The United Nations has initiatives to recognize people of African Descent which started in 2015 and go until 2024. This includes all people who were affected by the Slave Trade. Populations in major countries in South and North America as well as the islands and adjoining countries like Mexico.
This article about Marielle will hopefully offer a connection with mutual struggles and challenges for people of African Descent in and outside of the contiguous United States and its provinces and detached states. Marielle as Afro-Brazilian came from the very community she knew, loved and fought for on the national stage. Marielle Franco was also called a ‘Black Human Rights Activist’. As council person she represented residents of Rio De Janeiro. She had ambitions, as a civil society activist, and according the ‘NPR’ article campaigned ‘against lethal methods routinely used by security forces with the city’s poorest neighborhoods’. As ‘a wave of anger and indignation on social media and protests in the streets’, according to the NPR article, her legacy is of a ‘charismatic young woman with a one record of championing social causes in a metropolis plagued by issues of violence, race, and poverty’.
I learned about her on the day of her funeral when several thousands of people some with signs saying, “How many more have to die?” Does this sound familiar ? The obvious answer is from the USA Black Community and the another from Student protests over gun laws. She was shot ‘returning from an event to empowering black women in Brazil, a cause she passionately championed’. (NPR article) Given the civilian casualties, in 2017 of 6,731 and in one month at 2018 649, included people killed during police operations. The president of Brazil recently gave military jurisdiction over security in the state of Rio De Janeiro. Marielle spoke out about more violence, blaming recent homicides (shockingly two youths killed and thrown in the gutter) on the police while declaring the ‘military police unit’ as “the battalion of death’ based on number of civilians shot by its officers. “The poor people are black,” he said. “The worst opportunities are for blacks. The worst schools are in the black neighborhoods (shanty towns) or in favelas.” according to a visiting Brazilian speaking to the St. Louis American Newspaper.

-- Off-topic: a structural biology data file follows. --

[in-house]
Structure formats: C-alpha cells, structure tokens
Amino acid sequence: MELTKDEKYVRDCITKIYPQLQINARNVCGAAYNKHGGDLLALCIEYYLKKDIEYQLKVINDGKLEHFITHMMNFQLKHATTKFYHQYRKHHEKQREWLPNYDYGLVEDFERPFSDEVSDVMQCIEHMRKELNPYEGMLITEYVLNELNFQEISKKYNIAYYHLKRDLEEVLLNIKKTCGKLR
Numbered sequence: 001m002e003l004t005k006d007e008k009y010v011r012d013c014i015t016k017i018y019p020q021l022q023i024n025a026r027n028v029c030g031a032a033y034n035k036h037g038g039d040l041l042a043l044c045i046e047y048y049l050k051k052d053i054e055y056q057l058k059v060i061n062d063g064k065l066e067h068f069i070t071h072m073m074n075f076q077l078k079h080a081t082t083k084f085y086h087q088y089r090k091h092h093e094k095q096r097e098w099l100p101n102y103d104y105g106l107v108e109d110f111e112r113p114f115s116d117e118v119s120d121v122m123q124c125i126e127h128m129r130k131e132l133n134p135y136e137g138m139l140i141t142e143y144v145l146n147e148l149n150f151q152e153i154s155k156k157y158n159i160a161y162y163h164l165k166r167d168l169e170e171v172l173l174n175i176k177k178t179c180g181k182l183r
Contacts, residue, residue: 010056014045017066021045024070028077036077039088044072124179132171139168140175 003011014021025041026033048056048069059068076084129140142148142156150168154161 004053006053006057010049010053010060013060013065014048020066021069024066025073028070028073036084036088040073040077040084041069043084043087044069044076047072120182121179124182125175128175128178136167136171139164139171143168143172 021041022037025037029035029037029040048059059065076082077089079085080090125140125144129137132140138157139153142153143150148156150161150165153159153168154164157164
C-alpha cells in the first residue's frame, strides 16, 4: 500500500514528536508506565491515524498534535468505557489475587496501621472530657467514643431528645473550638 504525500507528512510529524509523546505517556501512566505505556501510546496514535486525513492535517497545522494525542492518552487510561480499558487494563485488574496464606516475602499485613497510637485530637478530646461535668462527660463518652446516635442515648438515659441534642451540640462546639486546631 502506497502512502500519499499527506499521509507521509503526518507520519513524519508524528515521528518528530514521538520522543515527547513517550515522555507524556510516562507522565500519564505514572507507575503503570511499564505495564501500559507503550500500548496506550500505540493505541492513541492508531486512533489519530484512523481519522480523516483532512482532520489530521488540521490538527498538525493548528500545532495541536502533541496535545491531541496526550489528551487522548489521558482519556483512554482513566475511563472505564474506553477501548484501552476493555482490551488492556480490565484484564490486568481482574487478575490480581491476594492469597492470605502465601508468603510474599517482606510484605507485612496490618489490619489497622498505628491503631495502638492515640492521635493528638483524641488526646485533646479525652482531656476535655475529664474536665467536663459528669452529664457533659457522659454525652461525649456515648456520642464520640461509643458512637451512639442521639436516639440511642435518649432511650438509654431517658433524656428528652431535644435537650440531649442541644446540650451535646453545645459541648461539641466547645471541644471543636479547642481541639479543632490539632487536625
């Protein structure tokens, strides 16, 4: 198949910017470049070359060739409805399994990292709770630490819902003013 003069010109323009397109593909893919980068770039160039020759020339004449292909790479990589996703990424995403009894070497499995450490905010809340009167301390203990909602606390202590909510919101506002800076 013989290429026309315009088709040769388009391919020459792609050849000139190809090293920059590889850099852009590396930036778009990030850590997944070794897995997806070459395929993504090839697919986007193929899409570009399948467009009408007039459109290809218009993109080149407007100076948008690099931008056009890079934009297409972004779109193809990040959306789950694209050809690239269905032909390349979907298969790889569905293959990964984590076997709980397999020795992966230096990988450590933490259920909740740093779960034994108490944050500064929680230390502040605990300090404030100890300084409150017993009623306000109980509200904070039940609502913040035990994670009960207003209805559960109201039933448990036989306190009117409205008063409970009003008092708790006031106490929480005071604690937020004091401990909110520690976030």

Her positions as a feminist, leader of anti-racist movement and inequality drew mainly the middle class while the poor needed more engagement. She was born in a shanty town grew up with more freedom in the 80’s then her people now have present day Brazil 2018. As a mother of an eighteen year old daughter, she was persistent, achieving her masters in public administration. Her life causes and death had reached the many thousands of people who poured into the streets protesting her ‘assassination’. The crosshairs of police brutality, gang control of ‘shanty towns’, and crackdown on violence turned over to the military made the focus of protest against violence a dilemma for a young leader caught in the cross fire. The St. Louis American newspaper article also quoted the visiting Brazilian as saying that his country had more mixed race couples but was also more segregated than the states. Some writers on her loss wrote about hopelessness for Black People in Brazil. She will not be forgotten.
The struggle for various rights here in the USA and the turning back of hard fought legislature for voting, and women’s rights as well as rounding up immigrants without cause is the present day climate in the USA. This only reinforces the point that the battle is not over and may never be; one thing though, we are not alone. Read David Wilson’s excellent article, about Marielle Franco, in OKAY AFRICA, a documentary film maker and founder of TheGrio.com, now a resident of Salvadore, Bahia: http://www.okayafrica.com/marielle-franco-police-murder/
Article and Art by Lillian L. Thompson for lillianonline.us